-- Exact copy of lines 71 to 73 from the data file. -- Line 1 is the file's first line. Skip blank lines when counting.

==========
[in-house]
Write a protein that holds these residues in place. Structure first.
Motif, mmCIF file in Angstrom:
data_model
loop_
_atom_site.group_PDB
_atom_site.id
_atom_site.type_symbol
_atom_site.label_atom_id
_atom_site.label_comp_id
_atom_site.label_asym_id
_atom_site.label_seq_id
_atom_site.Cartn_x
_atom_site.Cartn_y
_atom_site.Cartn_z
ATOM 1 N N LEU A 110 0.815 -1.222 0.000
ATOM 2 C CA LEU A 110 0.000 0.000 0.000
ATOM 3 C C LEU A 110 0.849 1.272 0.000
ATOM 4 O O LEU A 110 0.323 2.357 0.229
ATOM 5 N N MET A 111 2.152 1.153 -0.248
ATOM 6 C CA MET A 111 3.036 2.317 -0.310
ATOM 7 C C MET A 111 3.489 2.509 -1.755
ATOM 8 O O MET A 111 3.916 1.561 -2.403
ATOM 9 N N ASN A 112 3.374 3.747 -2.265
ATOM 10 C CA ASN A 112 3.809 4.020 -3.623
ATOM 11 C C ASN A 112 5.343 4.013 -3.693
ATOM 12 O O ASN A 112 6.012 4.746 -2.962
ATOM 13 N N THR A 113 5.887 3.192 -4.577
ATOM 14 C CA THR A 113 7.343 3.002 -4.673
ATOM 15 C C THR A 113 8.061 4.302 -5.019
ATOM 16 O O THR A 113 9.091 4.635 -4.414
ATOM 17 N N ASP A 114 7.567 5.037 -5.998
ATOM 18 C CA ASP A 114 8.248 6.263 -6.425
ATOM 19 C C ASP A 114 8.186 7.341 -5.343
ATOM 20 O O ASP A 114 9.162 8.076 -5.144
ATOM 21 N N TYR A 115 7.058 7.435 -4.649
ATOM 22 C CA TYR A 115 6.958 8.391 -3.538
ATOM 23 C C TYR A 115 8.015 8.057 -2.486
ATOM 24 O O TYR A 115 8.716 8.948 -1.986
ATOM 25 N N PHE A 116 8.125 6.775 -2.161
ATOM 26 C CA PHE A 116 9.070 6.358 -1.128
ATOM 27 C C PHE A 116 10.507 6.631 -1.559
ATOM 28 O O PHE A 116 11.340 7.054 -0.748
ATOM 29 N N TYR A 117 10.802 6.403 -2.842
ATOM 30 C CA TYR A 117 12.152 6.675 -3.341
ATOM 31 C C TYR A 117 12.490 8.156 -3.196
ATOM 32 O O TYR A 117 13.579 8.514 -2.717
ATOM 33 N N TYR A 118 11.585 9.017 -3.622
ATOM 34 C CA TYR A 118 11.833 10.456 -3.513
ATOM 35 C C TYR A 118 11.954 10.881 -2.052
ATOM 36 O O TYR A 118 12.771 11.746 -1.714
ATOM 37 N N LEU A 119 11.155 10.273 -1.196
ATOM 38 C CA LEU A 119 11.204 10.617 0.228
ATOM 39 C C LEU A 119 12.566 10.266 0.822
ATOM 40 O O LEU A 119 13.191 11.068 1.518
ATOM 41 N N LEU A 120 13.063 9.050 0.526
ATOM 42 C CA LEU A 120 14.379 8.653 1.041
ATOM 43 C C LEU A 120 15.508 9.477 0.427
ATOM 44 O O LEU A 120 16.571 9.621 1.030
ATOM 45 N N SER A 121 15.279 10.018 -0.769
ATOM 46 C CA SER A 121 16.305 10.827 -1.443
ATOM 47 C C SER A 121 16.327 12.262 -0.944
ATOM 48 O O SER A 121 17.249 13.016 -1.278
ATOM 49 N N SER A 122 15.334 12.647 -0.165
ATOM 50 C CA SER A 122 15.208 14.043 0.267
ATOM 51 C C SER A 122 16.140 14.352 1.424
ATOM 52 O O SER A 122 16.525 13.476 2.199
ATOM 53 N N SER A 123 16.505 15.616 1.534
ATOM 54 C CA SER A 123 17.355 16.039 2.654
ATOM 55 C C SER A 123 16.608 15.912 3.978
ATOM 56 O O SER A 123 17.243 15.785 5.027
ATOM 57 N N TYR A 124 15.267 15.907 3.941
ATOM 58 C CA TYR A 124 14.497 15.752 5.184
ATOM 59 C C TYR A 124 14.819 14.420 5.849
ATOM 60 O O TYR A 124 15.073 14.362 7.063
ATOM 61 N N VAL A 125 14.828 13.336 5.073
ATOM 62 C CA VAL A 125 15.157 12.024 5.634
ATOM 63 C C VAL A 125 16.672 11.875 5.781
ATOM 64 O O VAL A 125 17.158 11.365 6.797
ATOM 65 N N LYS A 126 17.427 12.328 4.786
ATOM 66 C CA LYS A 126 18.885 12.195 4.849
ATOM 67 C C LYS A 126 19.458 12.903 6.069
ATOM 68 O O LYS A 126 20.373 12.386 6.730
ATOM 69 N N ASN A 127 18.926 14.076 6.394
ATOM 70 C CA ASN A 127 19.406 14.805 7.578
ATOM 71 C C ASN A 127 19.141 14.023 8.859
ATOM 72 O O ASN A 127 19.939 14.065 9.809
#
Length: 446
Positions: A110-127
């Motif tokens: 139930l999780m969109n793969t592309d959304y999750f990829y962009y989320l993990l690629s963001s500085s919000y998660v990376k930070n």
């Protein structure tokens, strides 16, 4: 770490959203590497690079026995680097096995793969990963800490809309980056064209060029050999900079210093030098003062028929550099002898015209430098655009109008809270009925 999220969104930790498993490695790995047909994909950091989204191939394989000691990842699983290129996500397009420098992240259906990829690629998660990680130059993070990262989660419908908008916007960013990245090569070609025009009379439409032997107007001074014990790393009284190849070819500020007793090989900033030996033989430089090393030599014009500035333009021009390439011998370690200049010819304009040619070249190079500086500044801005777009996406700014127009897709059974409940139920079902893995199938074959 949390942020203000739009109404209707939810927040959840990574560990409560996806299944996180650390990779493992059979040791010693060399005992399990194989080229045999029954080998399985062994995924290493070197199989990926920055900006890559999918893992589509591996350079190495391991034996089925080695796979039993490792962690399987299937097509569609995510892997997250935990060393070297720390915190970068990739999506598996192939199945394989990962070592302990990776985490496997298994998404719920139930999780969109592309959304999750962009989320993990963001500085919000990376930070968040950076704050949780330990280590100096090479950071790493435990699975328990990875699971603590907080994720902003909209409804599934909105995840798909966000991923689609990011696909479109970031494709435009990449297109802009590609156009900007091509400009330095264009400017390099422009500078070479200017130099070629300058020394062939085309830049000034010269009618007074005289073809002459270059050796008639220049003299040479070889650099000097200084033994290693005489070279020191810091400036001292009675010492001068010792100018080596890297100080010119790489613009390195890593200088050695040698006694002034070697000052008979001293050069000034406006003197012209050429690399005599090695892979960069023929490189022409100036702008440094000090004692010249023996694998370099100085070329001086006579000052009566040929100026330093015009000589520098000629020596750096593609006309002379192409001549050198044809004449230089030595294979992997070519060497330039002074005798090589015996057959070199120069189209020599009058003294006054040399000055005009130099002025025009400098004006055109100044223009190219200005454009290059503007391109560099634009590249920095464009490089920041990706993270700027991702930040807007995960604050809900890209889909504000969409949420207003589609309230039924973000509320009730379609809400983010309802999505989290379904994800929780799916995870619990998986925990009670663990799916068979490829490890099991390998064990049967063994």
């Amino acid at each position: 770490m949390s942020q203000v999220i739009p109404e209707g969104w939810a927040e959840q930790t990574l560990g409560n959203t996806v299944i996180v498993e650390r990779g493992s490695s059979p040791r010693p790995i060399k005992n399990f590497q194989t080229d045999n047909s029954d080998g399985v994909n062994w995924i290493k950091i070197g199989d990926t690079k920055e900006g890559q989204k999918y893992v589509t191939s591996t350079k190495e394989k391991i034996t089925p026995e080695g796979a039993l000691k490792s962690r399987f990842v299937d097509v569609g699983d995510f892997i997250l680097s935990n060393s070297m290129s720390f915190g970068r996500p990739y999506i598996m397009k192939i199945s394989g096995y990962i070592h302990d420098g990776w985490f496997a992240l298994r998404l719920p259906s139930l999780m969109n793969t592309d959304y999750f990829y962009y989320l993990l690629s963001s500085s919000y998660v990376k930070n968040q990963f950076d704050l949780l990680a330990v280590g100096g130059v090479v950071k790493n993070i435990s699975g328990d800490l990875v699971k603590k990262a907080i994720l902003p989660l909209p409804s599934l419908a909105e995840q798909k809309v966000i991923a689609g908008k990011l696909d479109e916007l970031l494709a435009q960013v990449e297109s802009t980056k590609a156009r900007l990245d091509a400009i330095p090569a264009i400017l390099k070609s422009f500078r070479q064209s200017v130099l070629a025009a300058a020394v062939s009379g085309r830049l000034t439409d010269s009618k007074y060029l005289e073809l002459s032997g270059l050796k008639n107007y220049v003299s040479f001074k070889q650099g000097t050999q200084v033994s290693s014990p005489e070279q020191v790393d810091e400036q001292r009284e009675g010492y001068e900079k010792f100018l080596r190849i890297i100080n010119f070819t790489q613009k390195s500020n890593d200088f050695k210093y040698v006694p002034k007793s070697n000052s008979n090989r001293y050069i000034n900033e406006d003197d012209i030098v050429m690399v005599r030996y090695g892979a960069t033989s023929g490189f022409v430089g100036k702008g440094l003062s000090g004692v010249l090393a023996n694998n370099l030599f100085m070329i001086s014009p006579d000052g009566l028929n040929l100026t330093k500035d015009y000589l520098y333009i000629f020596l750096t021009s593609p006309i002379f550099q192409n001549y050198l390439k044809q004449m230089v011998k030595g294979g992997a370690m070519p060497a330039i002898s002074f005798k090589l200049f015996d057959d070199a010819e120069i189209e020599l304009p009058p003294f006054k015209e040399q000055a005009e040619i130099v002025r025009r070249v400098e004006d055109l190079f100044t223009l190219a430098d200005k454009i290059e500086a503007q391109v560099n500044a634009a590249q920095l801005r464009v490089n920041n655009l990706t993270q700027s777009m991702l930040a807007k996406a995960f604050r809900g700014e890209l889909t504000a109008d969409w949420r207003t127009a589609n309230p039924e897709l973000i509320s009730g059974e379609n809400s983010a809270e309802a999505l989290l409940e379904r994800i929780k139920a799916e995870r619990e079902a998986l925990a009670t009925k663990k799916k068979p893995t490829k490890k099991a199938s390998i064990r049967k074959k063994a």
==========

ATOM 56 O O SER A 123 17.243 15.785 5.027
ATOM 57 N N TYR A 124 15.267 15.907 3.941
ATOM 58 C CA TYR A 124 14.497 15.752 5.184